AKILAH Institute

July 21, 2010

On the final day of the US Delegates’ stay in Rwanda, we were able to arrange a meeting with the forty four young women (and their teachers) of the inaugural class of the Akilah Institute!  What a privilege it was to visit with these dynamic individuals in a classroom on the beautiful campus in Kigali, where Akilah is housed while the school in Bugesera is being finished (GYC visited the new school grounds in Bugesera in Summer 2009 – see the program report for more info).

During the meeting, the students introduced themselves individually and told us about their school. They were passionate about their program at AKILAH, which provides high school graduates with key skills for success in Rwanda (hospitality skills and English, leadership/self-discovery in a foundational year followed by two years in a diploma program).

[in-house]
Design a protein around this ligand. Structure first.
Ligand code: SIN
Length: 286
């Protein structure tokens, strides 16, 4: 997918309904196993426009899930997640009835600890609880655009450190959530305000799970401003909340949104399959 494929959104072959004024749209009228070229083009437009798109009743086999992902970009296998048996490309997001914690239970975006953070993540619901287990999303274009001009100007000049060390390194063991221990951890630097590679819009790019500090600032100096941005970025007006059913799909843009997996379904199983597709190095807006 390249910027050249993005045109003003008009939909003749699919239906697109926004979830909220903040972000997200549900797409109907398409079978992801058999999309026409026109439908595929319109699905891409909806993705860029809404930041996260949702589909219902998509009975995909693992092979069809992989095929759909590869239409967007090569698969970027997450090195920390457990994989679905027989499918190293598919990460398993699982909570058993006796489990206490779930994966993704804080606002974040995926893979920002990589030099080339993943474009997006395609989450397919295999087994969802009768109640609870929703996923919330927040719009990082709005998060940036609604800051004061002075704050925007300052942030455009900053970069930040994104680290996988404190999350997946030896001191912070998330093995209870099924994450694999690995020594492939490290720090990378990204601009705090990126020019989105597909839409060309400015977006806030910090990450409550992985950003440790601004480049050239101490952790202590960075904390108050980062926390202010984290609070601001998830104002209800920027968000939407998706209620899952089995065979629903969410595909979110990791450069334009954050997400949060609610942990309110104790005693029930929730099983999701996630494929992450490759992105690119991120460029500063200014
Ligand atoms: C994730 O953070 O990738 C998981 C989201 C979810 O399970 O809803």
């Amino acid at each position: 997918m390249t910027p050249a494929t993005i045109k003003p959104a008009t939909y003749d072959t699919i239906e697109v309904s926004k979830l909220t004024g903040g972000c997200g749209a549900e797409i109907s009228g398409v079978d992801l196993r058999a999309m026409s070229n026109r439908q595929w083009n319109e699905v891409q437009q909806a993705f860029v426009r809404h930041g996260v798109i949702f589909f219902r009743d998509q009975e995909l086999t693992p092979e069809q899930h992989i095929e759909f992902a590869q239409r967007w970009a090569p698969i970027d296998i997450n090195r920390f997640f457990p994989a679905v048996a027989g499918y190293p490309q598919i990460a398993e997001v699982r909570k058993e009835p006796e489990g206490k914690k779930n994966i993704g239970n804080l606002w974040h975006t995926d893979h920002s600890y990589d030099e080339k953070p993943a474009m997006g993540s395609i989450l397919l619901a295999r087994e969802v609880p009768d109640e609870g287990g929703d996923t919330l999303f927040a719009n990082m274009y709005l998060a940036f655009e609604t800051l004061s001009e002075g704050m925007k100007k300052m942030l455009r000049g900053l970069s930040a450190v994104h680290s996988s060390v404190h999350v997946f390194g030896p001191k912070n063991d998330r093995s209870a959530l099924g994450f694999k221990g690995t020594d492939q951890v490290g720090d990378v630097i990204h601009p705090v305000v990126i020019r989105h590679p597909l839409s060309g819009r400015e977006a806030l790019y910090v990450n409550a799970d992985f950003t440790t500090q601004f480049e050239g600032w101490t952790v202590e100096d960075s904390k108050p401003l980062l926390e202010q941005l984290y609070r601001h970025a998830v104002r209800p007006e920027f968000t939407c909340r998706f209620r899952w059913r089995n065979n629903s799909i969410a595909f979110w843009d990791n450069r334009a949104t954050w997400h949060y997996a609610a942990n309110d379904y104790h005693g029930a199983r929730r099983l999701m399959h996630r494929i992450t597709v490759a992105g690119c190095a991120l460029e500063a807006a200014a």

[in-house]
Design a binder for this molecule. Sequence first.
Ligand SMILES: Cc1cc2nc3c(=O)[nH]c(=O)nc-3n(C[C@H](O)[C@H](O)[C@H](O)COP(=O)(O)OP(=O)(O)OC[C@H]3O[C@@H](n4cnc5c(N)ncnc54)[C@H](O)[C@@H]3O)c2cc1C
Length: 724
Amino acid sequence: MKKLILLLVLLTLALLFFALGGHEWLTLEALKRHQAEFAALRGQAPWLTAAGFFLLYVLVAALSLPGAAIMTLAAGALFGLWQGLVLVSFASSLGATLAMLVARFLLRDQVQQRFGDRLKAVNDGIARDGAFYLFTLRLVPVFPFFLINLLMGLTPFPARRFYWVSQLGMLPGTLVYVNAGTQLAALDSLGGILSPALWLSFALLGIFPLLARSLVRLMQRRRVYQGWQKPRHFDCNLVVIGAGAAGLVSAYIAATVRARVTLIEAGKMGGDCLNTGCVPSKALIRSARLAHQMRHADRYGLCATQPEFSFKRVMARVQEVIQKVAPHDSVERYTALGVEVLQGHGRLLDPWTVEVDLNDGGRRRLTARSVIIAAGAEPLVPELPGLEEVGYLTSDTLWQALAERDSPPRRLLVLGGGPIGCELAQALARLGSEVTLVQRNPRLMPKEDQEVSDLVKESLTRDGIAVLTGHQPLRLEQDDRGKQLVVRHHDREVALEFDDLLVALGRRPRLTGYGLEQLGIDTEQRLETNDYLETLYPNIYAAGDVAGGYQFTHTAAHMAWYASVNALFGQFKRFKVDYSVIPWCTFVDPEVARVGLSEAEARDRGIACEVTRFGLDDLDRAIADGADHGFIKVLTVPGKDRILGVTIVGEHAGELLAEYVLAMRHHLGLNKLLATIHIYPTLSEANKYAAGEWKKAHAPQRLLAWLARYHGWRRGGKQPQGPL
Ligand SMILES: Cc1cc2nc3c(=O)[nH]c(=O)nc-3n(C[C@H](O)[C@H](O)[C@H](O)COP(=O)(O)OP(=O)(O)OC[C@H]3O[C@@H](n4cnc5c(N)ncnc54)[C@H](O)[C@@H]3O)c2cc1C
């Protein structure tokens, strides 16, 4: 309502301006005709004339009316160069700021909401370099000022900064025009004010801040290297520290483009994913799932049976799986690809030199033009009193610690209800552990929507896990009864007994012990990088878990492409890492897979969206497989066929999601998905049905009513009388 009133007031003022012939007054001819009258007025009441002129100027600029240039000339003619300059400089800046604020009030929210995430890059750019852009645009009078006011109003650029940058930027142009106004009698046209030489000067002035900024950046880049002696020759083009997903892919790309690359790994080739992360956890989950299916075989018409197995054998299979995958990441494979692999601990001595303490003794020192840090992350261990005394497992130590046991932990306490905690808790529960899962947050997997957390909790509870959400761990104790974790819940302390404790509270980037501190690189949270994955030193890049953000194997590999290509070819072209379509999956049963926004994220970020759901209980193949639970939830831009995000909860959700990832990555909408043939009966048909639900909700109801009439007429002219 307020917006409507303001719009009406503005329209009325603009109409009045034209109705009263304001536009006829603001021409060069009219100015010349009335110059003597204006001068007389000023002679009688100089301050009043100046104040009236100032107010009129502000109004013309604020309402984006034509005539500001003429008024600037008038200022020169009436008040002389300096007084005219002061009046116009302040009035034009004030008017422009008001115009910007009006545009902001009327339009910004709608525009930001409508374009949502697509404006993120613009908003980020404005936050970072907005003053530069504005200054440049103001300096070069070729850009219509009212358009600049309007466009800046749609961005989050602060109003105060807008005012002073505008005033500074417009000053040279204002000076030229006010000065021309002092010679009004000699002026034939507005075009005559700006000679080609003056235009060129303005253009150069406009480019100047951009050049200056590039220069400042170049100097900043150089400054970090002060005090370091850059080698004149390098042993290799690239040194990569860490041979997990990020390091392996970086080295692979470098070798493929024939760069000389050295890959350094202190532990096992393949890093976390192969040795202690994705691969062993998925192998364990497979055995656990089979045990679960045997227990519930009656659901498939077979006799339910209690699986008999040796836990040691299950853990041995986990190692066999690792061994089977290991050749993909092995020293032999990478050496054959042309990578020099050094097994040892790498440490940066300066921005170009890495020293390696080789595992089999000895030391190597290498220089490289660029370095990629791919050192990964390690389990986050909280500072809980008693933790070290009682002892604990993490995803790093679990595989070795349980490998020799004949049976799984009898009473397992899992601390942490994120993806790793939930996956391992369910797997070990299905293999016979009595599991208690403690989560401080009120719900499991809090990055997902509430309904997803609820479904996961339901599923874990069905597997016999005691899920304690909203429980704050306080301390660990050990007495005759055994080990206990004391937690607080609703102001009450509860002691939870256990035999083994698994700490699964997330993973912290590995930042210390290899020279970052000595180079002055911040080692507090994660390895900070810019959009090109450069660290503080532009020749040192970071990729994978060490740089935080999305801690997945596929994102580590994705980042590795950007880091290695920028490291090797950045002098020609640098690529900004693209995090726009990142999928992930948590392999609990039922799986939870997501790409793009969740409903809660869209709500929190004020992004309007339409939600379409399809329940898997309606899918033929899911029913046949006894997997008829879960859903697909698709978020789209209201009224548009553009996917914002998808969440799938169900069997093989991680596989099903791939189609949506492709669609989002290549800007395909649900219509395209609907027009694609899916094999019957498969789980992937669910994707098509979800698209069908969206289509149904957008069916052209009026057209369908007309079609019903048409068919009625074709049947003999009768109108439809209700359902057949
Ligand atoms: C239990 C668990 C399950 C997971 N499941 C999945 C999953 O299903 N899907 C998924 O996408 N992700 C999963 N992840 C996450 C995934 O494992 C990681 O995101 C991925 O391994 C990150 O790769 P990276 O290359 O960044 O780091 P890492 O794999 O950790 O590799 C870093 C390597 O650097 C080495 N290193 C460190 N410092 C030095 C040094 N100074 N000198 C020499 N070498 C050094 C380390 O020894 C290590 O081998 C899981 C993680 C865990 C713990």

The students mentioned that some of them are already interning at local tourism establishments, such as the Manor Hotel in Nyarutarama.

We also learned that two of the students recently won the opportunity to go to the United States to speak with the donor networks for Akilah, and to encourage more fundraising for the building of the school and the granting of school fees or at least partial scholarships to all of Akilah’s young students, as they move from their foundational year to their diploma program.

Question Posed by Akilah student for Discussion in the Meeting: What is the root of conflict in the world?

Responses from GYC Youth included: Lack of Acceptance, Poverty, Ignorance

Responses from Akilah Student: Discrimination Against and Lack of Empowerment of Women

Question from GYC: What is the best hospitality experience you have had in Rwanda?

Response: I love Shokola, because they care so much about you from the time you enter the gate until the time you leave.

During the hour-long meeting, we were also able to tell the students about the GYC Learning and Action Community, and specifically about some of the main issues that we have been engaging on, such as the rights of historically marginalized groups/Potter communities,  LGBTI rights, detained youth and children.